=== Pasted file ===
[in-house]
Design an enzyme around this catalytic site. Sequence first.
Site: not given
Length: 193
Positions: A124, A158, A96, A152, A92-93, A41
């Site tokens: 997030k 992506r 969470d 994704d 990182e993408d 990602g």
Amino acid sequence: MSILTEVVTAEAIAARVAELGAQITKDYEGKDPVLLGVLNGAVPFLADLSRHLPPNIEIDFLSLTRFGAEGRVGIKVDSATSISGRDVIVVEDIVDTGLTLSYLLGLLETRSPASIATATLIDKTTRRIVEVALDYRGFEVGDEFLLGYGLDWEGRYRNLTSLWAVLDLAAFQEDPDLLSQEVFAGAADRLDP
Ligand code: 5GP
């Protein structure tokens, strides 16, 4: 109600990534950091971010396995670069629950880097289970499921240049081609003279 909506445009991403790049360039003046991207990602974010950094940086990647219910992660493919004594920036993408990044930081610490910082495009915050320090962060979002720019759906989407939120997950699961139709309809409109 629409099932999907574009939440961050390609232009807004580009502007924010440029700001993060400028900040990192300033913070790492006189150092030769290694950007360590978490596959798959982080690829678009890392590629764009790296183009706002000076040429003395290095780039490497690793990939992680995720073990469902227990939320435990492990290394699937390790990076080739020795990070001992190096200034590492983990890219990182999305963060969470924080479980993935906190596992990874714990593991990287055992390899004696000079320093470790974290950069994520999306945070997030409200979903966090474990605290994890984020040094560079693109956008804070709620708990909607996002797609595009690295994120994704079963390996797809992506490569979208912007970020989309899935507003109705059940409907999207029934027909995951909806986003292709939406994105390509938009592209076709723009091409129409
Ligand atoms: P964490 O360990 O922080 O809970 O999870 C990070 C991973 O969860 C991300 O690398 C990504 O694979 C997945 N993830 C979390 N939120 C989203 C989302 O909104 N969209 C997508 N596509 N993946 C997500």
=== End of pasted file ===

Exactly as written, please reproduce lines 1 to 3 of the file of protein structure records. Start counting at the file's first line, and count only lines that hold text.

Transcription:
[in-house]
Design an enzyme around this catalytic site. Sequence first.
Site: not given